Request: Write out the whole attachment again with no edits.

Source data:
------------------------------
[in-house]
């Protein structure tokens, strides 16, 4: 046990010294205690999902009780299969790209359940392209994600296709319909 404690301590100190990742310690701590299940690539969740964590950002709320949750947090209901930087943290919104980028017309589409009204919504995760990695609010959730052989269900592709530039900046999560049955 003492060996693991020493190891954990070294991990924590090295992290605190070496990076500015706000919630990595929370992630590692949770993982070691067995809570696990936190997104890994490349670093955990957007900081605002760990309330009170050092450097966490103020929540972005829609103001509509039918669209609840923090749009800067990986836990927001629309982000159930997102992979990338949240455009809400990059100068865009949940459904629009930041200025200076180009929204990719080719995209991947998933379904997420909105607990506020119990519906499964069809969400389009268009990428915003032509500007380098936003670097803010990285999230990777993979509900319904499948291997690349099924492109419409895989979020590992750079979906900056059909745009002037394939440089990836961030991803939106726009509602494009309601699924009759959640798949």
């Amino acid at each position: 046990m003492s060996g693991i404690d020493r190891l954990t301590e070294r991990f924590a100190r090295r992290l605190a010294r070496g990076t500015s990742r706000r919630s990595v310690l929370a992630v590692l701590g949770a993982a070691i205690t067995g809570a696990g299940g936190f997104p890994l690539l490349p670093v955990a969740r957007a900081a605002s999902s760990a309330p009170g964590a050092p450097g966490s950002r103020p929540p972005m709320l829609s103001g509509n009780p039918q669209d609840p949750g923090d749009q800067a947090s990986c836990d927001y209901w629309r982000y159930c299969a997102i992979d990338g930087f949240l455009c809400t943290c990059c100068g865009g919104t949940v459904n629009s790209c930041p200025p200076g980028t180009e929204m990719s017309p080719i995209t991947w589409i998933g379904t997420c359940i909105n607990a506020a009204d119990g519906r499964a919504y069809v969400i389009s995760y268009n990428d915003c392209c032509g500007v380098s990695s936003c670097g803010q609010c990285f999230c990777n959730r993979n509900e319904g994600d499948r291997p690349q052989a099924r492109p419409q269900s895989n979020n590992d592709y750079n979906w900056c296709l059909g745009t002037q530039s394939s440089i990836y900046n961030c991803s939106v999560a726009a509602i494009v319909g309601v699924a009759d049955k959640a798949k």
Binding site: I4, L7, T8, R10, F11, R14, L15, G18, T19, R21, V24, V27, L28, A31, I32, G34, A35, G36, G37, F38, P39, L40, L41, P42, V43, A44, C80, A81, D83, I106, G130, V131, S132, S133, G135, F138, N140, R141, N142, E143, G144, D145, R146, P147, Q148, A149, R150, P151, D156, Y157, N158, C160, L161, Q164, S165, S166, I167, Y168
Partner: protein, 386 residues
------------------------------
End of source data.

[in-house]
């Protein structure tokens, strides 16, 4: 046990010294205690999902009780299969790209359940392209994600296709319909 404690301590100190990742310690701590299940690539969740964590950002709320949750947090209901930087943290919104980028017309589409009204919504995760990695609010959730052989269900592709530039900046999560049955 003492060996693991020493190891954990070294991990924590090295992290605190070496990076500015706000919630990595929370992630590692949770993982070691067995809570696990936190997104890994490349670093955990957007900081605002760990309330009170050092450097966490103020929540972005829609103001509509039918669209609840923090749009800067990986836990927001629309982000159930997102992979990338949240455009809400990059100068865009949940459904629009930041200025200076180009929204990719080719995209991947998933379904997420909105607990506020119990519906499964069809969400389009268009990428915003032509500007380098936003670097803010990285999230990777993979509900319904499948291997690349099924492109419409895989979020590992750079979906900056059909745009002037394939440089990836961030991803939106726009509602494009309601699924009759959640798949």
């Amino acid at each position: 046990m003492s060996g693991i404690d020493r190891l954990t301590e070294r991990f924590a100190r090295r992290l605190a010294r070496g990076t500015s990742r706000r919630s990595v310690l929370a992630v590692l701590g949770a993982a070691i205690t067995g809570a696990g299940g936190f997104p890994l690539l490349p670093v955990a969740r957007a900081a605002s999902s760990a309330p009170g964590a050092p450097g966490s950002r103020p929540p972005m709320l829609s103001g509509n009780p039918q669209d609840p949750g923090d749009q800067a947090s990986c836990d927001y209901w629309r982000y159930c299969a997102i992979d990338g930087f949240l455009c809400t943290c990059c100068g865009g919104t949940v459904n629009s790209c930041p200025p200076g980028t180009e929204m990719s017309p080719i995209t991947w589409i998933g379904t997420c359940i909105n607990a506020a009204d119990g519906r499964a919504y069809v969400i389009s995760y268009n990428d915003c392209c032509g500007v380098s990695s936003c670097g803010q609010c990285f999230c990777n959730r993979n509900e319904g994600d499948r291997p690349q052989a099924r492109p419409q269900s895989n979020n590992d592709y750079n979906w900056c296709l059909g745009t002037q530039s394939s440089i990836y900046n961030c991803s939106v999560a726009a509602i494009v319909g309601v699924a009759d049955k959640a798949k």
Binding site: I4, L7, T8, R10, F11, R14, L15, G18, T19, R21, V24, V27, L28, A31, I32, G34, A35, G36, G37, F38, P39, L40, L41, P42, V43, A44, C80, A81, D83, I106, G130, V131, S132, S133, G135, F138, N140, R141, N142, E143, G144, D145, R146, P147, Q148, A149, R150, P151, D156, Y157, N158, C160, L161, Q164, S165, S166, I167, Y168
Partner: protein, 386 residues